The Financial Times interview Simon Stephens about The Trial of Ubu

Posted on 16 January 2012.

Posted in: Main Stage

The Financial Times interview Simon Stephens about The Trial of Ubu

The Financial Times interview Simon Stephens about The Trial of Ubu

By Sarah Hemming

‘Some of the most exciting scenes in world drama are trial scenes. Think of Portia, in Shakespeare’s The Merchant of Venice, averting bloodshed before our eyes at the last minute by her nimble use of the law. Or Azdak in Brecht’s The Caucasian Chalk Circle brilliantly revealing which of two women really loves a disputed child. Or Abigail in Miller’s The Crucible spreading hysteria through the court by feigning terror. The thrill of adversarial contest and the clash of personality and formal proceedings can be irresistible on stage. And courtroom drama remains a staple of screen entertainment: from classic movies such as The Verdict, 12 Angry Men or _A Few Good Men _to popular television series galore.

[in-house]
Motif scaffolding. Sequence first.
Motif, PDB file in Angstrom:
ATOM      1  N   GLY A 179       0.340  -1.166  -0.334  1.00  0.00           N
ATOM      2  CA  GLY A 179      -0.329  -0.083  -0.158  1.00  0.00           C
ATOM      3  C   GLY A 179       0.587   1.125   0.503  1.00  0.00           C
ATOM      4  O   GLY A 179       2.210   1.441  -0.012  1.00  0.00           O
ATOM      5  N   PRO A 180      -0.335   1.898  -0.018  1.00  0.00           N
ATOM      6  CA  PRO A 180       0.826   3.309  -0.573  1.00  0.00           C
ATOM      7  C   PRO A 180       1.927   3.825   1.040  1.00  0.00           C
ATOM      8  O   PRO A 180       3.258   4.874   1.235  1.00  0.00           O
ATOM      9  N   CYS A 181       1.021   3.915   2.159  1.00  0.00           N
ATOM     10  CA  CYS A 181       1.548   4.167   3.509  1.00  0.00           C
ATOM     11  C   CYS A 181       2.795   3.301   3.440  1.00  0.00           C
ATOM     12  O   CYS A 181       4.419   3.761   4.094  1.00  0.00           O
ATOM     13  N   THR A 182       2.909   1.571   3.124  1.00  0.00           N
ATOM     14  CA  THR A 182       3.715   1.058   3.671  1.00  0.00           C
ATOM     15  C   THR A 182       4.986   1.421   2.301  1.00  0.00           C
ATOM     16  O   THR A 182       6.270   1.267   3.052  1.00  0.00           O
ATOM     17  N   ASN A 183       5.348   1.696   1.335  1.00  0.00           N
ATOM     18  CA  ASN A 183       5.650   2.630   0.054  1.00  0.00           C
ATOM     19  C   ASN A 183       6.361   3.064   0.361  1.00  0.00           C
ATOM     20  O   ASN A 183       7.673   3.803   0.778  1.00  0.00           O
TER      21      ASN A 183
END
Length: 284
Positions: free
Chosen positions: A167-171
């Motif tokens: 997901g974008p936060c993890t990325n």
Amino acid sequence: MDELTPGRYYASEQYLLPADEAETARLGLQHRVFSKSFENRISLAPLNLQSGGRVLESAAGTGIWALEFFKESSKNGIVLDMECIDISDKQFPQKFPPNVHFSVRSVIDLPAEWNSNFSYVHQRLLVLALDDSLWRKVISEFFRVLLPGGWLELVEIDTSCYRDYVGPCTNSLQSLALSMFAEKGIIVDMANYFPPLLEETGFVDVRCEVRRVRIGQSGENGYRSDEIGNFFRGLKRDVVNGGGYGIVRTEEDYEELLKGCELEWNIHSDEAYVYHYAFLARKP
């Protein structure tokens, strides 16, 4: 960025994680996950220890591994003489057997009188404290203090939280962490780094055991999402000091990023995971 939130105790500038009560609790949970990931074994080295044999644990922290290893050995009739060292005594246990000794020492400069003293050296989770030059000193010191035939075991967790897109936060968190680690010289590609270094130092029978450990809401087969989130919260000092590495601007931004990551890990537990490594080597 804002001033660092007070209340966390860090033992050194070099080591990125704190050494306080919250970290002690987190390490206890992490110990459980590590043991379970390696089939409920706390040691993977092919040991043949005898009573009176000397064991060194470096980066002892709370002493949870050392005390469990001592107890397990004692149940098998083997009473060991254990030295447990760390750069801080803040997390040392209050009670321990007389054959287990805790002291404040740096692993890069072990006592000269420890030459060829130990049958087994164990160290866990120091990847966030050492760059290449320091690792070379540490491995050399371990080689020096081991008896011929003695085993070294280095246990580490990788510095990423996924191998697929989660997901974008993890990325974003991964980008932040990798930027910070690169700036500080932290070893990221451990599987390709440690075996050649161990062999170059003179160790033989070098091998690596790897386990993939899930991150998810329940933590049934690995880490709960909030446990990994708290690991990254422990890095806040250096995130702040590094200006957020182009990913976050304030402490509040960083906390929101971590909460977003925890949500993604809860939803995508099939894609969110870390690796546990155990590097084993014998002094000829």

The latest playwright to step into the courtroom is Simon Stephens, whose play The Trial of Ubu _opens for its UK premiere this month. Stephens is not a writer who tends to do things by halves: his previous work includes _Punk Rock _(middle-class teenage violence), _Pornography (the 7/7 London bombings) and A Thousand Stars Explode in the Sky (the end of the universe). His new work is no exception. It is set not in a civil court but in the International Criminal Court in The Hague, where figures such as Slobodan Milosevic, Charles Taylor and Ratko Mladic have been sent for trial, accused of genocide. And rather than dramatise a real-life trial, the character he has placed under oath is King Ubu, the megalomaniac monster monarch from Alfred Jarry’s 19th-century play Ubu Roi…’
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